Something about Jodie Foster makes the setups for these movies believable.
This movie becomes completely unbelievable towards the end.
Flightplan is the kind of movie that I thought the American public would see right through. Made for $55 million and grossing $90, this movie pushed an angle that would probably ensure a least a decent return. Jodie Foster searching for her missing daughter aboard a plane. Foster plays Kyle Pratt, a woman who has lost her husband and is flying back to America with her daughter. Well, every parent’s nightmare comes true when after waking up from a nap, Kyle finds that her daughter is missing. Unfortunately, the crew of the plane don’t know who they are dealing with because it turns out that Kyle designed the plane. So what we have is an enclosed thriller, very much in the vein of Hitchcock, that also happens to be timely and make reference to the post 9/11 environment in which the film is set.
While this movie keeps raising the stakes and raising the stakes, it is actually quite enjoyable. Sadly, you just know that the film is going to back itself into a corner, and instead of really thinking up an interesting story (ala The Forgotten), the movie just devolves into the completely inane. What’s worse is seeing an actor like Peter Sarsgaard actually having to go along with the ending. However, despite how bad I think this movie ultimately gets, I think for 80% of the ride it is a lot of fun, which probably explains why it was able to do well in the marketplace.
The In-Flight Movie: The Making of Flightplan
This “making of” is done in such a way that potential viewers are somewhat left in the dark about this film’s conclusion. This is good too because this movie would have had no chance if people knew the ending outright. In fact, it isn’t even so much the ending, as the elements of the ending, that just don’t make any sense. That aside, this “making of” is an electronic press kit of sorts that only touches on the movie in a cursory way. The cast and crew discuss making this movie, what it is like working together and the challenges of creating suspense inside such a closed area.
Cabin Pressure: Designing The Aalto E-474 Featurette
The Aalto E-474 is the plane that the majority of this movie takes place in. We are essentially shown how this plane was put together. It begins with the concept and from there it goes to it’s overall design and how it looks in the film. I found this to be very interesting, simply from a logistical standpoint. At no point in this movie did I think they were on a set. It always felt like they were really in the air in a real plane. As a result of this, that helped put across the reality of this movie.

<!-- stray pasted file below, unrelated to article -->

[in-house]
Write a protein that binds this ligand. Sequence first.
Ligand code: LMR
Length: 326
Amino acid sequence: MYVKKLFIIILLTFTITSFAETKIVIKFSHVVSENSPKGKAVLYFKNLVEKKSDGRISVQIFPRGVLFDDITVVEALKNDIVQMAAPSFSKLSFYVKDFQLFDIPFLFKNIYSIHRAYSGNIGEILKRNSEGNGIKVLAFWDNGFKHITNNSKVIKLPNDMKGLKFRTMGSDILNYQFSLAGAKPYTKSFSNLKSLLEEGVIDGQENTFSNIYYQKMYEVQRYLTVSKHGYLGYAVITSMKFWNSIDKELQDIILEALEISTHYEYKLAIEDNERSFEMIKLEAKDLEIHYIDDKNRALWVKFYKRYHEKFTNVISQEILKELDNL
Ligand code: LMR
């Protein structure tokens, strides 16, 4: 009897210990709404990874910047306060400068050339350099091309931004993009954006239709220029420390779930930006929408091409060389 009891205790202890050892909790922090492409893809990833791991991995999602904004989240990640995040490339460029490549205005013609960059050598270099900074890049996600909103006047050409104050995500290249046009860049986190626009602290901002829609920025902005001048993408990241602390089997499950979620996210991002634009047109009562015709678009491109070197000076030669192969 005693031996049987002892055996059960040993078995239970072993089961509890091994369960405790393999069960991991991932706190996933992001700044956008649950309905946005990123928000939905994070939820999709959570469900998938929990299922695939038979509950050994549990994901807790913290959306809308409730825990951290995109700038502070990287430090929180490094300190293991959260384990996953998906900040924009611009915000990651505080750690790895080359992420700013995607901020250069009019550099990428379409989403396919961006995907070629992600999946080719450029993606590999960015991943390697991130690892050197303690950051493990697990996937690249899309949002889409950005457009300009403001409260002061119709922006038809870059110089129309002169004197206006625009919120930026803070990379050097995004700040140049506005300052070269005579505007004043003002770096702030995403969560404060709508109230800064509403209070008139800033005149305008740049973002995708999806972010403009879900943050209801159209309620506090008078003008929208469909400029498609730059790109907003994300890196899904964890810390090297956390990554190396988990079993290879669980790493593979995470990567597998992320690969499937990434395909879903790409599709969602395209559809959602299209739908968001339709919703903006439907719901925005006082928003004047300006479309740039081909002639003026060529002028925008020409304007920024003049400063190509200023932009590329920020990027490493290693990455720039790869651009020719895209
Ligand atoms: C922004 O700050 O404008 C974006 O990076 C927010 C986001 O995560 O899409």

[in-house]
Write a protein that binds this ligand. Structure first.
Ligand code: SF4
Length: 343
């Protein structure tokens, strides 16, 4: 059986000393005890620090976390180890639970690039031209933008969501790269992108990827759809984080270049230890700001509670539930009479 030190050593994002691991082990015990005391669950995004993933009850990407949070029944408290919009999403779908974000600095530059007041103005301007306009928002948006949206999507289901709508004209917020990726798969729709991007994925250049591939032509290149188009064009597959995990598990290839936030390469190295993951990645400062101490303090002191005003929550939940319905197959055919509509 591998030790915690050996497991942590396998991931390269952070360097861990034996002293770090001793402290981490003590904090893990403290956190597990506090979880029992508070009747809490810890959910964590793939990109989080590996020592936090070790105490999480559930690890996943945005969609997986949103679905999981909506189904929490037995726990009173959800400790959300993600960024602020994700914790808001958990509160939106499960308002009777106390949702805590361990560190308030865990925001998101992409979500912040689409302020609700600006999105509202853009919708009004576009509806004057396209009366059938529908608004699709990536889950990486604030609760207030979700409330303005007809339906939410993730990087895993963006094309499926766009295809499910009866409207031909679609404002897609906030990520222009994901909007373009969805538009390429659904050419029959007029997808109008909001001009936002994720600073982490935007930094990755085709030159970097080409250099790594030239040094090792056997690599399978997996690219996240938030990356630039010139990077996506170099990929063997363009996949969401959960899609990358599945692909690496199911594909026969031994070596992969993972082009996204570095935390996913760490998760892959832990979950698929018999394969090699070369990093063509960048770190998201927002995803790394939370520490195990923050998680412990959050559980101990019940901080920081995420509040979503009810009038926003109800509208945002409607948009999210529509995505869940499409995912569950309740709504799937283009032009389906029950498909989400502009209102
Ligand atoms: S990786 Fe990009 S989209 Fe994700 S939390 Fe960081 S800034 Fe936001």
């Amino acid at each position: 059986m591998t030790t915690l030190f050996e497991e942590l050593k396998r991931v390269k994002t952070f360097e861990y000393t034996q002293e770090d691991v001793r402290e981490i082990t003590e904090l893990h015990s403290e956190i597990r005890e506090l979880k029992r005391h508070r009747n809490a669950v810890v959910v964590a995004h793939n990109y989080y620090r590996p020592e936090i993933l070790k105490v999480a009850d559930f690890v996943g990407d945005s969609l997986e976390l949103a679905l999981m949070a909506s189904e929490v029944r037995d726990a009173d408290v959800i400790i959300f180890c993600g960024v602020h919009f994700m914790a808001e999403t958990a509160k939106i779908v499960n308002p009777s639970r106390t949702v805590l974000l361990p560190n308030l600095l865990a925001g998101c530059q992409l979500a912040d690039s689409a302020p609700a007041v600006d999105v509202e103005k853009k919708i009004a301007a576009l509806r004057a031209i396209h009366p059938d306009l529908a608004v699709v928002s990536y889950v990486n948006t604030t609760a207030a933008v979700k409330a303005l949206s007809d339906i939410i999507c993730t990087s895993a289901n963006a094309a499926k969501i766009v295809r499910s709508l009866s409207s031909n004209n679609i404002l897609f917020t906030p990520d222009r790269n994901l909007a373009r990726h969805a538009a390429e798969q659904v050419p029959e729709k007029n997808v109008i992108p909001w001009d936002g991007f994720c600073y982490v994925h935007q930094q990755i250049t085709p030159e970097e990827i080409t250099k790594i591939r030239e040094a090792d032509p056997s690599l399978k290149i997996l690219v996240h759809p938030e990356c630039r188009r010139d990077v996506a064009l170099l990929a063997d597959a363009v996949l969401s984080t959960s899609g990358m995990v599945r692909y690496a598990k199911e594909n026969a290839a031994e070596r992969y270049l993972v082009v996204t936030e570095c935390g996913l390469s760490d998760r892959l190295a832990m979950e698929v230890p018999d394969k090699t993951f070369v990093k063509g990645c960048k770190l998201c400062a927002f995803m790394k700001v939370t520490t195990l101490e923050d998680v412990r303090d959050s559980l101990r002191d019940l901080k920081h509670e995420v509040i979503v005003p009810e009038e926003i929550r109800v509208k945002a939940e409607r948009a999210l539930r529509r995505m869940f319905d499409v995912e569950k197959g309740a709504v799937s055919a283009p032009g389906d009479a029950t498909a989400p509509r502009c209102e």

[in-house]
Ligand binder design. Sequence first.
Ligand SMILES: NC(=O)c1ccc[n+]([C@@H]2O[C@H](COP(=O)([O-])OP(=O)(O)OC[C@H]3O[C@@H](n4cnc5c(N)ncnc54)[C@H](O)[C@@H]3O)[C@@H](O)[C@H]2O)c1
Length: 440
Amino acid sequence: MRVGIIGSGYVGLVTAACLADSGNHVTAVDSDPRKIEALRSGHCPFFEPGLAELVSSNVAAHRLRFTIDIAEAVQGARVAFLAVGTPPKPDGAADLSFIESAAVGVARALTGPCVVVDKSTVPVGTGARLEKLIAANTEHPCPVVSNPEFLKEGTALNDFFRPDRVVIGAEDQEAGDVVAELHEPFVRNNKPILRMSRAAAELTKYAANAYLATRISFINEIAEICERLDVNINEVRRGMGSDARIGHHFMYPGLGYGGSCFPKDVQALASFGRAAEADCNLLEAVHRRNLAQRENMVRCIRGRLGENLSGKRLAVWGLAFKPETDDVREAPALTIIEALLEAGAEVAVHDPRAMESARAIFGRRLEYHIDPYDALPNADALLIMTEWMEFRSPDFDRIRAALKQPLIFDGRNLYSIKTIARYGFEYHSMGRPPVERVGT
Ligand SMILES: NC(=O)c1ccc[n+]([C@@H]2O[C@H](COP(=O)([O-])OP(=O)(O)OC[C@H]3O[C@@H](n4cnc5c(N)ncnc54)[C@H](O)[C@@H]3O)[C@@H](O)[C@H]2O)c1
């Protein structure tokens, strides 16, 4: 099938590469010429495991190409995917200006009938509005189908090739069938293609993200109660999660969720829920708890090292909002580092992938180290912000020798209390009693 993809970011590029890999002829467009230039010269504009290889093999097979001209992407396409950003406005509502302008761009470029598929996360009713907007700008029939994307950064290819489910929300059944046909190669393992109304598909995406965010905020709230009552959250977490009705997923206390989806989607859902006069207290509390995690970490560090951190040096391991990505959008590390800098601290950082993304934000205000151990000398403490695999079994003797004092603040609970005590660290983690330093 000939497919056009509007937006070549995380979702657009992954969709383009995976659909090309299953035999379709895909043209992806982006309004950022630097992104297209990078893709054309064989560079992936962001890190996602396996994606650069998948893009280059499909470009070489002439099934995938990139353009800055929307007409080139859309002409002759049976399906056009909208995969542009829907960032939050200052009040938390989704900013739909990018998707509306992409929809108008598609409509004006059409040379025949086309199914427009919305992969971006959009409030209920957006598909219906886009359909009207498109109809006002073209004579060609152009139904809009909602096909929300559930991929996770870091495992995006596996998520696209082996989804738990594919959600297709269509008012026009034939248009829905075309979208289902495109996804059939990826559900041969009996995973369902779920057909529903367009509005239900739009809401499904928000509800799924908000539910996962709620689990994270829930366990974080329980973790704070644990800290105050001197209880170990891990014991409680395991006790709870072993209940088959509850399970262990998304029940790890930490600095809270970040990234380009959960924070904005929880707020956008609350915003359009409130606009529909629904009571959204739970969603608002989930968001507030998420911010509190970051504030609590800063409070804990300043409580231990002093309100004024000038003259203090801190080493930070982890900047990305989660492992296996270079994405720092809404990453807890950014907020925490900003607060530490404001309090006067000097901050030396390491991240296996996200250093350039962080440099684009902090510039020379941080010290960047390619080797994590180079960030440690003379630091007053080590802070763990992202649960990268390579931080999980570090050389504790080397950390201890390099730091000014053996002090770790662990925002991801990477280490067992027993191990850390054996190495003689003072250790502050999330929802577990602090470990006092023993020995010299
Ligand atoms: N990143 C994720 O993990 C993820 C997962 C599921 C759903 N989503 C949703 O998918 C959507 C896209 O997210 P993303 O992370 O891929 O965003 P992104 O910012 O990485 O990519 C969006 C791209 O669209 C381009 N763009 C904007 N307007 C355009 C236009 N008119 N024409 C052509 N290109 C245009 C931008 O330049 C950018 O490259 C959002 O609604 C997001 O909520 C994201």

Filmmaker Audio Commentary
Robert Schwentke is on this commentary track breaking down how he made this film. I found this to be pretty interesting, although there were times I think it got a little stale. He talks about working with the actors (why he thought Foster would be good in this role), making a thriller in such a closed off environment as an airplane and how he got the look of certain shots. Not the most interesting of audio tracks but still one worth checking out.
Widescreen (2.35:1) - Enhanced for 16x9 Televisions. This film looks really sharp. It started off with a sort of dreamy quality and I got really scared. If this ended up being one of those movies where Foster was dead and everyone else was alive, I was going to probably hang myself before the movie ended. Thankfully, this was not the case. The scenes in the airplane were tightly constructed and play very well. In fact, the tension escalates so much and involves so many different characters, that I really got lost in this movie’s look and style.
Dolby Digital 5.1 Surround Sound - DTS 5.1 Digital Surround Sound - French and Spanish Language Tracks - French and Spanish subtitles. I can best describe the sound in this movie as “TV audio.” It just seems to have that quiet feel that so many of today’s shows employ. Yet, I wasn’t really bothered by that here. I think this is because this movie, while having a fair share of dialogue in it, isn’t that dialogue driven. There is so much action going on that we really never get mired in the moments where Foster, or one of the other actors, might only be talking in a whisper.
The front cover photo of the dark, blue eyed Foster is the same one they used to market this movie when it came out in theaters. The fact that off of this poster alone (with no other one sheet images, I believe) the film made $90 million, certainly says something about Jodie Foster’s box office power. The back cover features 4 shots from the movie, all meant to convey suspense in one form or another, some critic’s quotes, a description of Flightplan, a “Bonus Features” listing, a technical specs listing and of course a cast list. This packaging is fairly standard but I guess any other moneys this movie brings in is all gravy, right?
Why is Jodie Foster so good in these movies? I don’t know what it is but there is something about her that is genuinely believable. Maybe I want to root for her for some reason? I just found that in both Flightplan and Panic Room, she had a way of really making the films work. Even though the situations become very hard to fathom, I was still on the edge of my seat until she was safe. I can’t really put my finger on why I feel this way. It isn’t because of some paternal instinct I have. It isn’t because I find her a meek character in a “woman in jeopardy” thriller. Perhaps, she just happens to be such a good actress, she can get passed all the pratfalls that might take down lesser talents?
Flightplan is certainly a movie I would recommend if you missed it in the theater. It is highly entertaining and enjoyable... for the most part.
Flightplan was released September 22, 2005.